Friday v. State of Mississippi
MEMORANDUM OPINION re 9 FINAL JUDGMENT on Motion to Dismiss. Signed by District Judge Sharion Aycock on 8/28/13. (jlm)
IN THE UNITED STATES DISTRICT COURT
FOR THE NORTHERN DISTRICT OF MISSISSIPPI
WARREN D. FRIDAY,
STATE OF MISSISSIPPI, ET AL.
This matter comes before the court on the pro se petition of Warren D. Friday for a writ
of habeas corpus under 28 U.S.C. § 2254. The state has moved to dismiss the petition as
untimely filed; the petitioner has not responded, and the deadline for response has expired. The
matter is ripe for review. For the reasons set forth below, the instant petition for a writ of habeas
corpus shall be DISMISSED with prejudice as untimely filed under 28 U.S.C. § 2244(d).
Facts and Procedural Posture
On November 20, 2009, Warren D. Friday’s post-release supervision was revoked in the
Circuit Court of Lowndes County, Mississippi, and he was sentenced to serve a term of five
years in the custody of the Mississippi Department of Corrections on his conviction for the
taking of a motor vehicle. His federal habeas petition is challenging this revocation, rather than
the underlying conviction and sentence. “An order revoking a suspension of sentence or
revoking probation is not appealable.” Griffin v. State, 382 So.2d 289, 290 (Miss.1980) (quoting
Pipkin v. State, 292 So.2d 181, 182 (Miss. 1974)).
On May 25, 2010, a letter from Friday requesting a copy of his revocation order was filed
in the Lowndes County Circuit Court. This letter was docketed as a “Post Conviction Collateral
Relief Petition for Production of Records.” On September 1, 2010, the trial court denied
Friday’s motion for records. In is habeas corpus petition, Friday states that he has filed two
complaints with the Mississippi Department of Corrections’ Administrative Remedy Program
(A.R.P.) challenging his revocation. However, the staff with the Administrative Remedy
Program within the Mississippi Department of Corrections and the Marshall County Correctional
Facility, where Friday is housed, state that, although Friday has filed multiple complaints with
the A.R.P., he has not filed any challenging his revocation.
Friday filed several pleadings in the Circuit Court which were docketed as
post-conviction motions. On March 21, 2011, Friday signed a post-conviction motion, which
was filed in the circuit court. On May 26, 2011, this motion was denied. On April 23, 2012,
Friday filed two letters in the Lowndes County Circuit Court requesting documents. These
letters were docketed as post-conviction motions. On May 7, 2012, Friday filed a motion for
rehearing and post-conviction collateral relief in the trial court. This was also docketed as
post-conviction motion. On June 12, 2012, Friday filed a letter alleging that his transcripts had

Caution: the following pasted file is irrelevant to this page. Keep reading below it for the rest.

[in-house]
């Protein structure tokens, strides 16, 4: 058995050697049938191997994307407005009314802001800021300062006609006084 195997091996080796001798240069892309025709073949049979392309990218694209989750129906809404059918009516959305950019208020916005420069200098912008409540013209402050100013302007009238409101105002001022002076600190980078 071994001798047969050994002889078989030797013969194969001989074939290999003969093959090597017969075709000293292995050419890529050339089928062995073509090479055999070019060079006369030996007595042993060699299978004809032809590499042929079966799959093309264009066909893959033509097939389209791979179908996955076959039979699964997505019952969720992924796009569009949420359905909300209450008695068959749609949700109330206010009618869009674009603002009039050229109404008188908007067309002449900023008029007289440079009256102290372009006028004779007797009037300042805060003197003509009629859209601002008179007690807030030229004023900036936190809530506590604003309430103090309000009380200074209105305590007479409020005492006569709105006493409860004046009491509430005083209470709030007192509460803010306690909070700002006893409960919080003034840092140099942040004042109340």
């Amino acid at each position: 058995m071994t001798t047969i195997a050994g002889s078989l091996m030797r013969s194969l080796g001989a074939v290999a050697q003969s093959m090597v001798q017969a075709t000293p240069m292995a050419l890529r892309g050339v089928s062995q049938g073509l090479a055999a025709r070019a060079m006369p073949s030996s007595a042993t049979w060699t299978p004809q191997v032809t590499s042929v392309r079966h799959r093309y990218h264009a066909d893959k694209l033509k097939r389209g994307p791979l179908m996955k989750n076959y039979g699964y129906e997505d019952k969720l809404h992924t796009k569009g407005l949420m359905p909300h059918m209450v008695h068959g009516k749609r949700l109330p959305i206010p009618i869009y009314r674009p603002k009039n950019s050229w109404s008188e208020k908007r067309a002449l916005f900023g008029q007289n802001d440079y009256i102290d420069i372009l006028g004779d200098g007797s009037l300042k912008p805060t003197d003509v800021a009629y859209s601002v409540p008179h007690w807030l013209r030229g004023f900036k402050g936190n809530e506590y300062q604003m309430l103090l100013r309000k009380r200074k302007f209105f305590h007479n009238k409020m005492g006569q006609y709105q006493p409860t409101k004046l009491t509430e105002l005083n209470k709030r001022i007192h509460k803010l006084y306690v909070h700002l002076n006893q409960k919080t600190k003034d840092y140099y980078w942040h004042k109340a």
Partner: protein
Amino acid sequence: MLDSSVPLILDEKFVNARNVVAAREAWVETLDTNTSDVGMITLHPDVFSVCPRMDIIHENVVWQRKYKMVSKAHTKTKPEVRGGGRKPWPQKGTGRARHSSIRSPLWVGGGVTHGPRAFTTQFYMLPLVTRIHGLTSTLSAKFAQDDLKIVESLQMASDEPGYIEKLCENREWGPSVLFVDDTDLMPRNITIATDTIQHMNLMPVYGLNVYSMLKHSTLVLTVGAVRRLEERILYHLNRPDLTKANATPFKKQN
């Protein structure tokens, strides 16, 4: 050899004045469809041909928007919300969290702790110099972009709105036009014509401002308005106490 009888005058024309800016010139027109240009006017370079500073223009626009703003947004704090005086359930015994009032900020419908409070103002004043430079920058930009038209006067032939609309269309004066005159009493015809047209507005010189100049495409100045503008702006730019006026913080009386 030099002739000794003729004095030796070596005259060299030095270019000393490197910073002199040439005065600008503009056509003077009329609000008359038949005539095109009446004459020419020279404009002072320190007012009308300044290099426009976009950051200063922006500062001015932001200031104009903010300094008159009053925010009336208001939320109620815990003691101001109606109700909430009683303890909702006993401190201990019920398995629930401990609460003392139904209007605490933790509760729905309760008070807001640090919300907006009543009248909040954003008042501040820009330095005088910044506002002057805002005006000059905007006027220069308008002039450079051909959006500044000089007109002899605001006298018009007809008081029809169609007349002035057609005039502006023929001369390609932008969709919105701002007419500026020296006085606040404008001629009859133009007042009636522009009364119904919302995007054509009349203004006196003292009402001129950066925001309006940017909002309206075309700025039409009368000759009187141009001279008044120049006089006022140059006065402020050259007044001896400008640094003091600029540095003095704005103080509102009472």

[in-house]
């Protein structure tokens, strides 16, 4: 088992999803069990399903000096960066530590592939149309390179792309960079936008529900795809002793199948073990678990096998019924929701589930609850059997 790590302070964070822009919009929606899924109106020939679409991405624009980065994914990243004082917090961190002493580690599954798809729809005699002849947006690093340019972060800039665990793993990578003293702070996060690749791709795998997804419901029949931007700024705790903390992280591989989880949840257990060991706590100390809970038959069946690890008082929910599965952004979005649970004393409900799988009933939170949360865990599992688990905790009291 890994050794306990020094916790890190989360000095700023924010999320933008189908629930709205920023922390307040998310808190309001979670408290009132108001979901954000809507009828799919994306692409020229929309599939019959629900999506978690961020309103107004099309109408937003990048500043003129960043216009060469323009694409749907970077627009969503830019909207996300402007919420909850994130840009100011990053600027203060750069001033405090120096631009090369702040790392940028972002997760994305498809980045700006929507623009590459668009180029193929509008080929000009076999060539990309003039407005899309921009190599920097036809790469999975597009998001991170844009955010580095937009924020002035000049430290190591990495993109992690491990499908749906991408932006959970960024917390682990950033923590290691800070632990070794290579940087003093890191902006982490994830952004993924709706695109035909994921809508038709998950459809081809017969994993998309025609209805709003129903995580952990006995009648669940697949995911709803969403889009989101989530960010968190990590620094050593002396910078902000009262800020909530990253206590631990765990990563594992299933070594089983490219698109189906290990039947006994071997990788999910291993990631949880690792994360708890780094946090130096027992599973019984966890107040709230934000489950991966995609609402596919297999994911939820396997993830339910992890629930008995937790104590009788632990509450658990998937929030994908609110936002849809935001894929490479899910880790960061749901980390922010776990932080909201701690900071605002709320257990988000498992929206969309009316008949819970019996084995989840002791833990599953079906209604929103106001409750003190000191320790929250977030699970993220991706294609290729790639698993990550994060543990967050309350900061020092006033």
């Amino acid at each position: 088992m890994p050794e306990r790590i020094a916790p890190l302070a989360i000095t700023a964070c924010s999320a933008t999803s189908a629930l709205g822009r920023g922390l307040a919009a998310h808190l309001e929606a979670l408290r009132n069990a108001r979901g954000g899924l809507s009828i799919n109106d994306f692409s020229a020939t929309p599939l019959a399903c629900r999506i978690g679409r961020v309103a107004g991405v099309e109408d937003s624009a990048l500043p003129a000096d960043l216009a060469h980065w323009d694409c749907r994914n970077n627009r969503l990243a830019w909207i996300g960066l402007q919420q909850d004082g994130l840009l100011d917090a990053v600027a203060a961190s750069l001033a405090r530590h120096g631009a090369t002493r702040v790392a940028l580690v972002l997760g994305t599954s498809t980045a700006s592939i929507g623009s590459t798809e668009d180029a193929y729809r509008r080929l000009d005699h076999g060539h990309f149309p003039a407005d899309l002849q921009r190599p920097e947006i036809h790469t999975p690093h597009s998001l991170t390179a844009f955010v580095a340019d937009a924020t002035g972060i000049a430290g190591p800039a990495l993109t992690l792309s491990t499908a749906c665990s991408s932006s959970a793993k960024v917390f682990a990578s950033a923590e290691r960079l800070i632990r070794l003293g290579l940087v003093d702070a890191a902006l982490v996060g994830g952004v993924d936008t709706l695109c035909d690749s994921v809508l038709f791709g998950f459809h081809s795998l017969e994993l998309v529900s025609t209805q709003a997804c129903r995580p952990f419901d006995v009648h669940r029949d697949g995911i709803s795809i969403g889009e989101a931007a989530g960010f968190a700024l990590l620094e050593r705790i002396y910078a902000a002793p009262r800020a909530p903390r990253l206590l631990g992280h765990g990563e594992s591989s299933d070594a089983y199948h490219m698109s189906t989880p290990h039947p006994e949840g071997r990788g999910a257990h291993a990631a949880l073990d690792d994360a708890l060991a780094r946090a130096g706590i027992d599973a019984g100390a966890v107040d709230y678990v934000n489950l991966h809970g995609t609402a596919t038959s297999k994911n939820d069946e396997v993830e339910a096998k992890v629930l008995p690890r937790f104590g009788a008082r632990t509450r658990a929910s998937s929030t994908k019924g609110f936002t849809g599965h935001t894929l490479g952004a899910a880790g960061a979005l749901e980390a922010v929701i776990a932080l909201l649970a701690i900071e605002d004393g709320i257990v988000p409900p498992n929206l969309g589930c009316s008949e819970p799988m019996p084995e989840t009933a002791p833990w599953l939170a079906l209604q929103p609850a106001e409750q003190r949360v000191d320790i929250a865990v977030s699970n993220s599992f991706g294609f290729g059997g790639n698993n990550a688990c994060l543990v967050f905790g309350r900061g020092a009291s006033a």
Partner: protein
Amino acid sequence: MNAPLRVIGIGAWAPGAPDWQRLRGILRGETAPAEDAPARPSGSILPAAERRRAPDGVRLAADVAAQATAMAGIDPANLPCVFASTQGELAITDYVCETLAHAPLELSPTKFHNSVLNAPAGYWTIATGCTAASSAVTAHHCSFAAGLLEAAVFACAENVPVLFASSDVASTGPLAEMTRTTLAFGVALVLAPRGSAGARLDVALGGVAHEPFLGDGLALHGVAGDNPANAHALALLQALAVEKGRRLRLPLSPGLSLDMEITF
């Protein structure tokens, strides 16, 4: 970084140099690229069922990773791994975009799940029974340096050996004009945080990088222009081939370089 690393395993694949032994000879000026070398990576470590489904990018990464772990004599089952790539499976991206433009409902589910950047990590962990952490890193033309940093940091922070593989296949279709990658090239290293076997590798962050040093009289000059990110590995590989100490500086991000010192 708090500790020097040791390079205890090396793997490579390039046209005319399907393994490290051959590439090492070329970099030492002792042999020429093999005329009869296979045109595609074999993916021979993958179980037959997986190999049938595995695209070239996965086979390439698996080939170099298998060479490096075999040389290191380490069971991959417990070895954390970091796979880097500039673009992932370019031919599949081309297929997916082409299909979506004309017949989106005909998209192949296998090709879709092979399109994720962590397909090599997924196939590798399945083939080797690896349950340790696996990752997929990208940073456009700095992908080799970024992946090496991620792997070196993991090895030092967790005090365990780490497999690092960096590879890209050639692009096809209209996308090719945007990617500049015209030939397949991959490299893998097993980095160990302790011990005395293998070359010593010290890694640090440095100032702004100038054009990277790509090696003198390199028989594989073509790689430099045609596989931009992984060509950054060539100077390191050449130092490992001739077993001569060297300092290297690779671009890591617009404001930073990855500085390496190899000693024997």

been falsified. This pleading was also docketed as a post-conviction motion.
On June 12, 2012, Friday also filed a petition for a writ of mandamus in the Mississippi
Supreme Court, which was docketed in Cause No. 2012-M-690. However, petitions for writs of
mandamus do not qualify for statutory tolling under 28 U.S.C. §2244(d). Moore v. Cain, 298
F.3d 361, 366-367 (5th Cir. 2002). In any event, the mandamus action challenged Marshall
County Correctional Facility’s denial of his attempt to purchase a hard-back book and, as such,
was unrelated to Petitioner’s revocation. This was the date on which Friday signed his motion to
proceed as a pauper as well as the date reflected on the postage of the envelope.
Friday’s sentence after revocation became final on the day his probation revoked and he
was sentenced – November 20, 2009. Therefore, the deadline for Friday to submit a properly
filed state application for post-conviction relief as contemplated by 28 U.S.C. § 2244(d)(2) –
and thus toll the federal one-year statute of limitations – was November 20, 2010. Flannagan v.
Johnson, 154 F.3d 196, 201 (5th Cir. 1998); Davis v. Johnson, 158 F.3d 806 (5th Cir. 1998).
Friday’s first motion for post-conviction relief was filed prior to the expiration of the federal
limitations period, and the trial court treated this filing as a post-conviction motion; as such,
Friday is entitled to statutory tolling for 107 days – during the pendency of that petition (May 17,
2010, through September 1, 2010). Though Friday filed other pleadings which could be
construed as seeking state post-conviction relief, they were filed after the expiration of the
federal habeas corpus deadline; as such, they do not trigger additional statutory tolling.
Therefore, Friday’s habeas corpus petition was due in federal court on or before March 7, 2011
(November 20, 2010, plus 107 days). The court received Friday’s petition on April 19, 2012.
Under the “mailbox rule,” the instant pro se federal petition for a writ of habeas corpus
is deemed filed on the date the petitioner delivered it to prison officials for mailing to the district
court. Coleman v. Johnson, 184 F.3d 398, 401, reh’g and reh’g en banc denied, 196 F.3d 1259
(5th Cir. 1999), cert. denied, 529 U.S. 1057, 120 S. Ct. 1564, 146 L.Ed.2d 467 (2000) (citing
Spotville v. Cain, 149 F.3d 374, 376-78 (5th Cir. 1998)). In this case, the federal petition was
thus filed sometime between the date it was signed on April 16, 2012, and the date it was
received and stamped as “filed” in the district court on April 19, 2012. Therefore, the instant
petition was filed 406 to 409 days after the March 7, 2011, filing deadline. Friday does not
allege any “rare and exceptional” circumstance to warrant equitable tolling. Ott v. Johnson, 192
F.3d at 513-14. The instant petition will therefore be dismissed with prejudice and without
evidentiary hearing as untimely filed under 28 U.S.C. § 2244(d). A final judgment consistent
with this memorandum opinion will issue today.
SO ORDERED, this the 28th day of August, 2013.
/s/ Sharion Aycock
U.S. DISTRICT JUDGE
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